I know that England’s got into the habit of snowing in March and there is still a chill in the air, but it is starting to feel like spring.
Winter always seems to last an eternity; but, as the days grow longer and the warmth slowly creeps back in, something starts to lift and it all begins to seem a bit brighter.
It has reminded me, this unthawing, of a bus journey that I took, several years ago. It was September, so it must have been nearing Autumn; but, because it felt like an awakening, or the dewy freshness of a new beginning, the memory has become intrinsically associated with spring.
Life is full of these stops – and starts – I think. Wintery deaths and then the ridiculously unexpected arrival of spring.
In the bus journey year, the seasons were reversed. Summer was cold and dark, and spent staring at the four walls of a locked psychiatric ward. Any blue sky was seen through the wire mesh that covered the balcony or passed by, unnoticed, as it was far easier to stay in bed.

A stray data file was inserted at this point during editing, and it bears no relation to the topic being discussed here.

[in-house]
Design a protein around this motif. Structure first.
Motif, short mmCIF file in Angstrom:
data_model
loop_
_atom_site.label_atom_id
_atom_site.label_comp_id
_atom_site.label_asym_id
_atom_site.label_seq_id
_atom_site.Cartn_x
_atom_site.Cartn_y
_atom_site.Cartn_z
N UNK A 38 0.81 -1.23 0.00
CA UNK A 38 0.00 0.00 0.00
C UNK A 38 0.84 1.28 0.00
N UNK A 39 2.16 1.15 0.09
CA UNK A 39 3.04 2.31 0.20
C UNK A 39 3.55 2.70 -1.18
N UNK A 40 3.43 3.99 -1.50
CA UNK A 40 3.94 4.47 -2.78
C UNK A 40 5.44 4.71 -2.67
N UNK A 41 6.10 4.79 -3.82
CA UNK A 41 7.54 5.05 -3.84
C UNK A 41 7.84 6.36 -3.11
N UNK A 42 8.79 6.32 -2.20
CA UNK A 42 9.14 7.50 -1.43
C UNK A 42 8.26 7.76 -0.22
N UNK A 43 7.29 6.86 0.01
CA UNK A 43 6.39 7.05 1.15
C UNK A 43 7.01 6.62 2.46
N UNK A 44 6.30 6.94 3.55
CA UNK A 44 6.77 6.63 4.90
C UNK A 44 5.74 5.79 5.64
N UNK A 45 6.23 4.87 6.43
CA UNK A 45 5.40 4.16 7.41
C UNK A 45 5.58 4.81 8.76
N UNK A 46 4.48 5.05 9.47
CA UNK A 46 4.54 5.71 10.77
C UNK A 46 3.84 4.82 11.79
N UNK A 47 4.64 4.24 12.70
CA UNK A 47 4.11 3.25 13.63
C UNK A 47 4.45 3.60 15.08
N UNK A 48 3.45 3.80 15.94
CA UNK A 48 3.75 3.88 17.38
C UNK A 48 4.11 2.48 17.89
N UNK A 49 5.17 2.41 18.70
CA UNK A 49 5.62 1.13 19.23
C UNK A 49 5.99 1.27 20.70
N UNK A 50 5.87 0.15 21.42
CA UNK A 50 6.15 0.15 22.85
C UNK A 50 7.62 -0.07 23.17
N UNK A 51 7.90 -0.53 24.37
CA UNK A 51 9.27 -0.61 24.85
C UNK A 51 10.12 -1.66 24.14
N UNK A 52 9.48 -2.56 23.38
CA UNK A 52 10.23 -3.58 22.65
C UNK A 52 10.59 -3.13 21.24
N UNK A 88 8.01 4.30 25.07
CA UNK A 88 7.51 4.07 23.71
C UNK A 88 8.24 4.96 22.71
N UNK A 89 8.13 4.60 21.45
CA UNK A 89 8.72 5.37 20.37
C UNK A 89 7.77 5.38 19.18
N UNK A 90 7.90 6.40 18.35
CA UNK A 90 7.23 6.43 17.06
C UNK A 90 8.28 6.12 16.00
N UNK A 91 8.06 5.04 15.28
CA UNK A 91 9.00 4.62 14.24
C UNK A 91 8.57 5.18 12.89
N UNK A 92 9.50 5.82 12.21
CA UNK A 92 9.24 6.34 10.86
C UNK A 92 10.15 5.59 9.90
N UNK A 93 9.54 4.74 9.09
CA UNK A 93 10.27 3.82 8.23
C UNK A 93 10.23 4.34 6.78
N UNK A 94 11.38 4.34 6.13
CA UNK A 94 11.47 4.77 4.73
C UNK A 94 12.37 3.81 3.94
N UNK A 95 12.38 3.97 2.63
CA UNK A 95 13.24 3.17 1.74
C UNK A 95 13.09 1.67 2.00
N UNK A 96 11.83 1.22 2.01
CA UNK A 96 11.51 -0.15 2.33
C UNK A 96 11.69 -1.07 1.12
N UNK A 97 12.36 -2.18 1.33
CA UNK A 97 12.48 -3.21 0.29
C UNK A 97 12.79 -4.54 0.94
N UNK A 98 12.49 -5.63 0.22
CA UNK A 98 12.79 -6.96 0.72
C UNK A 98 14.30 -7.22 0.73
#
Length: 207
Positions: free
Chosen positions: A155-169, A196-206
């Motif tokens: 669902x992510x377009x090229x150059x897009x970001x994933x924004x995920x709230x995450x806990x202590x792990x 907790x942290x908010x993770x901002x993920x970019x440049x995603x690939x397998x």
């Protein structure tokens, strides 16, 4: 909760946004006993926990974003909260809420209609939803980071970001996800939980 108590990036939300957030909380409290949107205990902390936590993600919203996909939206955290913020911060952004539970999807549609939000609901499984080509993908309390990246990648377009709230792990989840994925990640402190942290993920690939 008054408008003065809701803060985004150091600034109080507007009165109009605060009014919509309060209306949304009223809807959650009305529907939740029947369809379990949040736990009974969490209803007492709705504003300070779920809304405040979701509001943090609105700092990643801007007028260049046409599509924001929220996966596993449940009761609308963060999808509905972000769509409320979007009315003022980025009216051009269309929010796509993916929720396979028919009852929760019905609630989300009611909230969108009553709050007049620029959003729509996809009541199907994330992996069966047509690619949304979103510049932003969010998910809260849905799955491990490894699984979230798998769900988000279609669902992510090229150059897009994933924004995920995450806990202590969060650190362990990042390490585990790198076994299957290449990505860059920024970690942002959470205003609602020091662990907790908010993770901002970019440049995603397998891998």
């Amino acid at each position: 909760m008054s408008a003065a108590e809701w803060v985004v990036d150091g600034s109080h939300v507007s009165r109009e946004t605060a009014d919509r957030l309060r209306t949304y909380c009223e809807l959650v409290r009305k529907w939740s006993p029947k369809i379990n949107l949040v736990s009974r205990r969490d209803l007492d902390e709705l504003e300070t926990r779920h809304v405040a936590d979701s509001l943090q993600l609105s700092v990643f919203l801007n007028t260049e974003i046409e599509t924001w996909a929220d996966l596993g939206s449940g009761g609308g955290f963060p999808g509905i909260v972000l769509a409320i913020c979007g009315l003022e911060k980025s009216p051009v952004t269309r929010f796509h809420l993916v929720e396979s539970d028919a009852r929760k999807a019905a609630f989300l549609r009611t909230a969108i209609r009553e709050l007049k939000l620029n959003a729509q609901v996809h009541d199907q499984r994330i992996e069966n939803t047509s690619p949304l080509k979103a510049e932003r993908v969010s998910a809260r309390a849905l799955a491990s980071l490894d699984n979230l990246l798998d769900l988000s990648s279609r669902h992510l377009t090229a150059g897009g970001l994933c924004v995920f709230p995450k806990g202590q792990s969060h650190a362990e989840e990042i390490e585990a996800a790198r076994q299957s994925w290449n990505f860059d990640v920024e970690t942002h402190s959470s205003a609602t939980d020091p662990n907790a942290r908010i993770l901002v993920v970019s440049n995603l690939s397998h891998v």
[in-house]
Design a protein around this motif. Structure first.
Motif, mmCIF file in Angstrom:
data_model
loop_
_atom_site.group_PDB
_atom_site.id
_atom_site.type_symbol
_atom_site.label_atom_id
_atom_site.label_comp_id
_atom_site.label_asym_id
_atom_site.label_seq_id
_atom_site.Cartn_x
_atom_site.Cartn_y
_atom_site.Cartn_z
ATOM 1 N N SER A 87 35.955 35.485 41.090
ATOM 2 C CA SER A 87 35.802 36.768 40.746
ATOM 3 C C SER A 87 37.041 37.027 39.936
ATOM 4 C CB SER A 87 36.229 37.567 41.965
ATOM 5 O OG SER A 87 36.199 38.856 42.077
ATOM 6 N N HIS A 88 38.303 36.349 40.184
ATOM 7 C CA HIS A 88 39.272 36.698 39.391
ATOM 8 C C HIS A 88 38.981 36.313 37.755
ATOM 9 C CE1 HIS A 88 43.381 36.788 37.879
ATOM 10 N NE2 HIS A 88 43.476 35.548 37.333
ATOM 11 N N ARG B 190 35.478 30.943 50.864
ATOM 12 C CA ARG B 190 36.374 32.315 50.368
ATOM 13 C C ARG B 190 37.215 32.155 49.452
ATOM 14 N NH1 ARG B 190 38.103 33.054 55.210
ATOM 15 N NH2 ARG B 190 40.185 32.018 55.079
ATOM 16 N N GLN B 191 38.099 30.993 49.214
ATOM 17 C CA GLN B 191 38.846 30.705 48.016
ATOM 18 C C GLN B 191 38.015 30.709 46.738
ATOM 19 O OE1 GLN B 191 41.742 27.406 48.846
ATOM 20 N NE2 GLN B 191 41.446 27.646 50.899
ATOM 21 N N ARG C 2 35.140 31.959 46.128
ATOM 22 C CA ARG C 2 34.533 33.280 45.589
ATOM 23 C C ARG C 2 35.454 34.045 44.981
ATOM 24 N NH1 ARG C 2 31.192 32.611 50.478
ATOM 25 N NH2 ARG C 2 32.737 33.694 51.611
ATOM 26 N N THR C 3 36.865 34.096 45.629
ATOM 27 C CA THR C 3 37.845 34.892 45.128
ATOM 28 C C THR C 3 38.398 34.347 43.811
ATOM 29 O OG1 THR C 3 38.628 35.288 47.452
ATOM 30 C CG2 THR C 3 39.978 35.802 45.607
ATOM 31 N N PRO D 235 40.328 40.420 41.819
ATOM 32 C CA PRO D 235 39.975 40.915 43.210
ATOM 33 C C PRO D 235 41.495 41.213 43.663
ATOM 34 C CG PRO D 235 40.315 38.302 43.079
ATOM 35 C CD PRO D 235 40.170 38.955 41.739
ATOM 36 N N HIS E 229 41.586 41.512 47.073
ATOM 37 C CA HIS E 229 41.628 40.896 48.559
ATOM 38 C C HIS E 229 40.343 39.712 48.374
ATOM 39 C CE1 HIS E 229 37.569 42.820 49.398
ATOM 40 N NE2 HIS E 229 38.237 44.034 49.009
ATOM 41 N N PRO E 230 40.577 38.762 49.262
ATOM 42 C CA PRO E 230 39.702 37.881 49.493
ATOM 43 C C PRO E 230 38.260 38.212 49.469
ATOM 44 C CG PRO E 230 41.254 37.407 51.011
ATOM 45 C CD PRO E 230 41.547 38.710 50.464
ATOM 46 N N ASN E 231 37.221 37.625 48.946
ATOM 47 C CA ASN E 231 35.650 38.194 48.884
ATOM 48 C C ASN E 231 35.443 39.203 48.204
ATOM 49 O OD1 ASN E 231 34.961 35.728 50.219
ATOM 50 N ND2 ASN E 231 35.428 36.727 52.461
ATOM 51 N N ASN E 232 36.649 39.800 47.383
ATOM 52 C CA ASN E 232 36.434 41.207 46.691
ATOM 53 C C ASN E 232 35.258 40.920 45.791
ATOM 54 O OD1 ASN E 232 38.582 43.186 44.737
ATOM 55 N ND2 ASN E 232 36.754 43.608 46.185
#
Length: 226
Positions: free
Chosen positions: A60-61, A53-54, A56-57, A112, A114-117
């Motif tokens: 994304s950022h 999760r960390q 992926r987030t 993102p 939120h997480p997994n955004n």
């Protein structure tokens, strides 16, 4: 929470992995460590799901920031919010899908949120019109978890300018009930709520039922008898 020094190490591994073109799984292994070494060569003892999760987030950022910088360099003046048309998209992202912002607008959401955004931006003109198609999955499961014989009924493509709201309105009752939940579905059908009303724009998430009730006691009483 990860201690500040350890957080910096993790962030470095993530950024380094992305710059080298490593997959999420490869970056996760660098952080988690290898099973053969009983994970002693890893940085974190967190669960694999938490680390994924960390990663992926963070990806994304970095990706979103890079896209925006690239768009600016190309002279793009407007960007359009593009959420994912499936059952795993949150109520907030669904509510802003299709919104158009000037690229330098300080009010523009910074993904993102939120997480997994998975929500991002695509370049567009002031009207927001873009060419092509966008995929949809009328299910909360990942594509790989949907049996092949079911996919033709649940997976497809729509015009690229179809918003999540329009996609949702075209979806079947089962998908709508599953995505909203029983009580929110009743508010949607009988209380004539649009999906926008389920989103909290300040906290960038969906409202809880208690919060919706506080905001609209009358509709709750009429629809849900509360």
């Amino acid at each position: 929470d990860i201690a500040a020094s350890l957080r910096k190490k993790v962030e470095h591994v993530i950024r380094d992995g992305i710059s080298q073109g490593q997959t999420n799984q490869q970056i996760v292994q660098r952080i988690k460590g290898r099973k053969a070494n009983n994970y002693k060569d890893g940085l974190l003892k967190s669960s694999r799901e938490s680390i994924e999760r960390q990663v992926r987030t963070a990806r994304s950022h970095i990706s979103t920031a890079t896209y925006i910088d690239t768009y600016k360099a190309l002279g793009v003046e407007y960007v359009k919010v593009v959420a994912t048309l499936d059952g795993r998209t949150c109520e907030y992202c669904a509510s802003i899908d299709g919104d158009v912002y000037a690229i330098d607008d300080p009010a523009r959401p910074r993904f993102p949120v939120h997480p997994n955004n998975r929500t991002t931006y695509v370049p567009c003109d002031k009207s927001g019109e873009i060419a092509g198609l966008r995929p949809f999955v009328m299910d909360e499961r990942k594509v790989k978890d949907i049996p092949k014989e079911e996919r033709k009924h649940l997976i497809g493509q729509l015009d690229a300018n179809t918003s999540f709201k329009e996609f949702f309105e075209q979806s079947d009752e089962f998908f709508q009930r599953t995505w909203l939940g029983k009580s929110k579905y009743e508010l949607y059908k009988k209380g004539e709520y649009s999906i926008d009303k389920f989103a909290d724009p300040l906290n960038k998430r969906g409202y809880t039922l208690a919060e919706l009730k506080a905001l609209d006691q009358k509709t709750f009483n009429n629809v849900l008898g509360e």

Time had stopped, some time before July. When they signed the dotted line and there was nowhere left to run, I had suspended
- because I couldn’t see how it would carry on.
Eating was unbearable and not bingeing was impossible and putting on weight was inescapable and the nurse, lurking in the corner, just wouldn’t disappear –
When they told me what they were going to do, I thought that I would die.
On the bus journey, months later, I realised that I was very much alive. Between the grey brick walls of the Royal Free – through Camden Town – to the creamy stone of Bloomsbury, I saw that, despite my expectations, I was still standing; and that, in spite of the locked rooms I’d be returning to, I was infinitely more free.
It took four months to learn that three meals a day and a couple of snacks would not kill me. 120 days to appreciate that it was possible to live – even after many many years – without waking up in the morning to binge. 16 weeks of painfully protracted breakfasts – and lunches – and dinners, to give me enough energy to realise that there was more to life than food. Four walls, two locked doors and no running to prove that it was possible to just be –
And so, although the leaves were crispening and crackling on the bus journey day, and the colours were reds and browns, rather than a vibrant green; the memory has been imprinted, in my mind, as Spring.
And, even though there’s been more stopping – and starting – in between; it has been impossible to forget the sharpness of life beyond the grubby windows, and the sudden kaleidoscopic focussing that comes with new eyes – and another chance – and the hope that characterises